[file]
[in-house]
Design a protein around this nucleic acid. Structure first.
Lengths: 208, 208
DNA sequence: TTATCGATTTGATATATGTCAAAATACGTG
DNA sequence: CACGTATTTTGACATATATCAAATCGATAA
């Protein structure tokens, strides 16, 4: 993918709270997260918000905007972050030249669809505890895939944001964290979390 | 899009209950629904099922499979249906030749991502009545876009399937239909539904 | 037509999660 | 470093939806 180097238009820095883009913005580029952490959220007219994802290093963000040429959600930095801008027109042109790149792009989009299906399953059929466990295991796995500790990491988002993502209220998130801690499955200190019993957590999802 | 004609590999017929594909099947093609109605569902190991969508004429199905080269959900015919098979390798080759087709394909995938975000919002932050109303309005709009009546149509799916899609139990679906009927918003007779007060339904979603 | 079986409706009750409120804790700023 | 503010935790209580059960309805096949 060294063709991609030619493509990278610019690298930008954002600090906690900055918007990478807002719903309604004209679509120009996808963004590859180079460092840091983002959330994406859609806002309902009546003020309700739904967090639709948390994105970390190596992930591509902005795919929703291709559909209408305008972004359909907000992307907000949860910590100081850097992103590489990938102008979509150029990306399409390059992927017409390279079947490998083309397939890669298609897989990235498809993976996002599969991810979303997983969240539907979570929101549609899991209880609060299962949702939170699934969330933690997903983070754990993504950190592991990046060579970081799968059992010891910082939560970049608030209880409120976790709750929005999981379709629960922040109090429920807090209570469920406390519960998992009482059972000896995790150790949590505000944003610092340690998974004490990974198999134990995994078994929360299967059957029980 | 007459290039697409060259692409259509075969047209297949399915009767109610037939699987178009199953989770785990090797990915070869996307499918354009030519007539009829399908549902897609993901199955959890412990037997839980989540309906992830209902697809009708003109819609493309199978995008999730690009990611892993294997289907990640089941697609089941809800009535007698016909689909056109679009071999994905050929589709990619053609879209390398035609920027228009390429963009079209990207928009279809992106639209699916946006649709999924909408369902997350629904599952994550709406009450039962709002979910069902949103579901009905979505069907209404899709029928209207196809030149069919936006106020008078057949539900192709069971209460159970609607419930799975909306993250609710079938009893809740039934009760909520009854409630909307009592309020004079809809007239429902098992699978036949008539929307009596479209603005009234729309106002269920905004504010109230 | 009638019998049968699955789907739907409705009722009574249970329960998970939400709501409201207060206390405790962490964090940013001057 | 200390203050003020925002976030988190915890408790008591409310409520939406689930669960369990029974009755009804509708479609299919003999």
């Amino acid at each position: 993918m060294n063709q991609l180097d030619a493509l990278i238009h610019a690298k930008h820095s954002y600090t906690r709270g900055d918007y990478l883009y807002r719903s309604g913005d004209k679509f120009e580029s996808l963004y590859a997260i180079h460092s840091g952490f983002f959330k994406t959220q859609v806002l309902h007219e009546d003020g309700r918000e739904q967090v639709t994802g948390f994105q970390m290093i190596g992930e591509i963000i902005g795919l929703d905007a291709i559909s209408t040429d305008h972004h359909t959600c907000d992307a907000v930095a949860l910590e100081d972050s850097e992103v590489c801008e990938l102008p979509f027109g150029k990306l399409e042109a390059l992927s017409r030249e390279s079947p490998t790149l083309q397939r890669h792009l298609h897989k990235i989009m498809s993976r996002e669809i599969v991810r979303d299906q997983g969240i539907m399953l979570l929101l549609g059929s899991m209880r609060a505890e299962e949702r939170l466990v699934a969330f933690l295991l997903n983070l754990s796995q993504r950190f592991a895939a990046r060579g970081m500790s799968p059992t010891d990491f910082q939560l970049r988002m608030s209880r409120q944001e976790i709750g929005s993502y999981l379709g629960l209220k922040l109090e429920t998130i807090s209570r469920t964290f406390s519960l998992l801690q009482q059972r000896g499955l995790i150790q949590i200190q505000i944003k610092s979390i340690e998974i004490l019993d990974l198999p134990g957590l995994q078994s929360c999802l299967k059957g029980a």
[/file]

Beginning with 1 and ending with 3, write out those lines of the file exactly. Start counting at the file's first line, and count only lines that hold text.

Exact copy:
[in-house]
Design a protein around this nucleic acid. Structure first.
Lengths: 208, 208